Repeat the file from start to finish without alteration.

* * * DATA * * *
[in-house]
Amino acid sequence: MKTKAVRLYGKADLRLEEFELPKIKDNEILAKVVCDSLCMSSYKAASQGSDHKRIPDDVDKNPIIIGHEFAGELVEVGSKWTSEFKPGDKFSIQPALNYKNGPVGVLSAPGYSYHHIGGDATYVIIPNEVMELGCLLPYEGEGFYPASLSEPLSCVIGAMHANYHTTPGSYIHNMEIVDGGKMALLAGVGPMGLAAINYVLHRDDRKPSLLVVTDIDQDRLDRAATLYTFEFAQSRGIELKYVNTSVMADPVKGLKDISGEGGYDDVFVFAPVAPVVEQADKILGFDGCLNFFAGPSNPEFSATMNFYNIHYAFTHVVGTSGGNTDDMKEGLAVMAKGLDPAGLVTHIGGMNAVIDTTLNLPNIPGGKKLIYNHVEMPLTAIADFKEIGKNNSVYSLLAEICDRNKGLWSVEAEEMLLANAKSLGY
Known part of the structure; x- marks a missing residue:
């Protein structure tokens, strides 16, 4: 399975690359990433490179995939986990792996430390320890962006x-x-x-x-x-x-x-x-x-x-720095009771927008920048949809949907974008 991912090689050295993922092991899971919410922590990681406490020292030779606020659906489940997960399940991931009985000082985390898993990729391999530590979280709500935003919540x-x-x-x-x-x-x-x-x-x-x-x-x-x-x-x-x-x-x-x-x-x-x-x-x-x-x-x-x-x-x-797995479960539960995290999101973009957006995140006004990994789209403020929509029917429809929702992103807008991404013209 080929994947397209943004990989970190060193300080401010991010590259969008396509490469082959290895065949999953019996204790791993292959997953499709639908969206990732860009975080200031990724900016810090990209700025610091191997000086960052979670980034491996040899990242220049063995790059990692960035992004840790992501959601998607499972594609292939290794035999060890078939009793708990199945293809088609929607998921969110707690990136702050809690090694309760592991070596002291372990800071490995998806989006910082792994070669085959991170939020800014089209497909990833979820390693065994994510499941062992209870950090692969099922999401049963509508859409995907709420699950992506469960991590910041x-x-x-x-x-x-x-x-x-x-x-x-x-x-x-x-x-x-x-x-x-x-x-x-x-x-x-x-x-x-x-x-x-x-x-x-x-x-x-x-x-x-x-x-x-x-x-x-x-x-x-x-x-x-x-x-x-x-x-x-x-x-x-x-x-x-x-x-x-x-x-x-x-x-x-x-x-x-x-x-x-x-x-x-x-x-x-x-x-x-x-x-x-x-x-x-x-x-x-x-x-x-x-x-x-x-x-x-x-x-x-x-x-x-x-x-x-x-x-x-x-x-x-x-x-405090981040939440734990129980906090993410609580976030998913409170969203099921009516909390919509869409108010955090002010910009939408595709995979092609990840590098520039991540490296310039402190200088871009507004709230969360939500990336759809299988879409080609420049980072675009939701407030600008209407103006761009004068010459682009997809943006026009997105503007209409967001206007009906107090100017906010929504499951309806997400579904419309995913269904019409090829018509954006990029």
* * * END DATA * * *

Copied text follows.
[in-house]
Amino acid sequence: MKTKAVRLYGKADLRLEEFELPKIKDNEILAKVVCDSLCMSSYKAASQGSDHKRIPDDVDKNPIIIGHEFAGELVEVGSKWTSEFKPGDKFSIQPALNYKNGPVGVLSAPGYSYHHIGGDATYVIIPNEVMELGCLLPYEGEGFYPASLSEPLSCVIGAMHANYHTTPGSYIHNMEIVDGGKMALLAGVGPMGLAAINYVLHRDDRKPSLLVVTDIDQDRLDRAATLYTFEFAQSRGIELKYVNTSVMADPVKGLKDISGEGGYDDVFVFAPVAPVVEQADKILGFDGCLNFFAGPSNPEFSATMNFYNIHYAFTHVVGTSGGNTDDMKEGLAVMAKGLDPAGLVTHIGGMNAVIDTTLNLPNIPGGKKLIYNHVEMPLTAIADFKEIGKNNSVYSLLAEICDRNKGLWSVEAEEMLLANAKSLGY
Known part of the structure; x- marks a missing residue:
């Protein structure tokens, strides 16, 4: 399975690359990433490179995939986990792996430390320890962006x-x-x-x-x-x-x-x-x-x-720095009771927008920048949809949907974008 991912090689050295993922092991899971919410922590990681406490020292030779606020659906489940997960399940991931009985000082985390898993990729391999530590979280709500935003919540x-x-x-x-x-x-x-x-x-x-x-x-x-x-x-x-x-x-x-x-x-x-x-x-x-x-x-x-x-x-x-797995479960539960995290999101973009957006995140006004990994789209403020929509029917429809929702992103807008991404013209 080929994947397209943004990989970190060193300080401010991010590259969008396509490469082959290895065949999953019996204790791993292959997953499709639908969206990732860009975080200031990724900016810090990209700025610091191997000086960052979670980034491996040899990242220049063995790059990692960035992004840790992501959601998607499972594609292939290794035999060890078939009793708990199945293809088609929607998921969110707690990136702050809690090694309760592991070596002291372990800071490995998806989006910082792994070669085959991170939020800014089209497909990833979820390693065994994510499941062992209870950090692969099922999401049963509508859409995907709420699950992506469960991590910041x-x-x-x-x-x-x-x-x-x-x-x-x-x-x-x-x-x-x-x-x-x-x-x-x-x-x-x-x-x-x-x-x-x-x-x-x-x-x-x-x-x-x-x-x-x-x-x-x-x-x-x-x-x-x-x-x-x-x-x-x-x-x-x-x-x-x-x-x-x-x-x-x-x-x-x-x-x-x-x-x-x-x-x-x-x-x-x-x-x-x-x-x-x-x-x-x-x-x-x-x-x-x-x-x-x-x-x-x-x-x-x-x-x-x-x-x-x-x-x-x-x-x-x-x-405090981040939440734990129980906090993410609580976030998913409170969203099921009516909390919509869409108010955090002010910009939408595709995979092609990840590098520039991540490296310039402190200088871009507004709230969360939500990336759809299988879409080609420049980072675009939701407030600008209407103006761009004068010459682009997809943006026009997105503007209409967001206007009906107090100017906010929504499951309806997400579904419309995913269904019409090829018509954006990029």